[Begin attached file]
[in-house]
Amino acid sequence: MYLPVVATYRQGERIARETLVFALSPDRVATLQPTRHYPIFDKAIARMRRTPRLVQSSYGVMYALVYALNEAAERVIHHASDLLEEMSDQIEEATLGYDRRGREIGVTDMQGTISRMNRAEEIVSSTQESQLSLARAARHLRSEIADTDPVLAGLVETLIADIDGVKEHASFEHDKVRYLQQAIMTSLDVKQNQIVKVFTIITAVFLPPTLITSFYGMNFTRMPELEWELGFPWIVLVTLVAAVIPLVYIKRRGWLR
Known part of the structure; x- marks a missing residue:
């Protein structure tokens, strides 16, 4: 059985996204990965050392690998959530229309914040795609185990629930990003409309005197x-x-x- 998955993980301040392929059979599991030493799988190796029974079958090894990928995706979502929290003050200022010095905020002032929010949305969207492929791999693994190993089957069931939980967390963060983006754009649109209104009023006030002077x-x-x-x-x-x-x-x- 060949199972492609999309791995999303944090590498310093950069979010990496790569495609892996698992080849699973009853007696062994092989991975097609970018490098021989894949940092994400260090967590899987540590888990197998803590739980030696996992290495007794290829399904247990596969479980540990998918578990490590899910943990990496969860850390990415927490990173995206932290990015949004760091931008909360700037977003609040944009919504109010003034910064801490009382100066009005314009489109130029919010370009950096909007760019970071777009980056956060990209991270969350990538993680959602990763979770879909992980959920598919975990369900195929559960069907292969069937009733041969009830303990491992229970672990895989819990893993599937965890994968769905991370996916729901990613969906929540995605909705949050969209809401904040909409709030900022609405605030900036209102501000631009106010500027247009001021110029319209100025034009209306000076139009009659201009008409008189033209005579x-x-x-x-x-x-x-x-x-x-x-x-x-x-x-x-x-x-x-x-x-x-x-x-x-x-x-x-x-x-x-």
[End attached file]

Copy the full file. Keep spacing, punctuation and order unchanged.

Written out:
[in-house]
Amino acid sequence: MYLPVVATYRQGERIARETLVFALSPDRVATLQPTRHYPIFDKAIARMRRTPRLVQSSYGVMYALVYALNEAAERVIHHASDLLEEMSDQIEEATLGYDRRGREIGVTDMQGTISRMNRAEEIVSSTQESQLSLARAARHLRSEIADTDPVLAGLVETLIADIDGVKEHASFEHDKVRYLQQAIMTSLDVKQNQIVKVFTIITAVFLPPTLITSFYGMNFTRMPELEWELGFPWIVLVTLVAAVIPLVYIKRRGWLR
Known part of the structure; x- marks a missing residue:
């Protein structure tokens, strides 16, 4: 059985996204990965050392690998959530229309914040795609185990629930990003409309005197x-x-x- 998955993980301040392929059979599991030493799988190796029974079958090894990928995706979502929290003050200022010095905020002032929010949305969207492929791999693994190993089957069931939980967390963060983006754009649109209104009023006030002077x-x-x-x-x-x-x-x- 060949199972492609999309791995999303944090590498310093950069979010990496790569495609892996698992080849699973009853007696062994092989991975097609970018490098021989894949940092994400260090967590899987540590888990197998803590739980030696996992290495007794290829399904247990596969479980540990998918578990490590899910943990990496969860850390990415927490990173995206932290990015949004760091931008909360700037977003609040944009919504109010003034910064801490009382100066009005314009489109130029919010370009950096909007760019970071777009980056956060990209991270969350990538993680959602990763979770879909992980959920598919975990369900195929559960069907292969069937009733041969009830303990491992229970672990895989819990893993599937965890994968769905991370996916729901990613969906929540995605909705949050969209809401904040909409709030900022609405605030900036209102501000631009106010500027247009001021110029319209100025034009209306000076139009009659201009008409008189033209005579x-x-x-x-x-x-x-x-x-x-x-x-x-x-x-x-x-x-x-x-x-x-x-x-x-x-x-x-x-x-x-």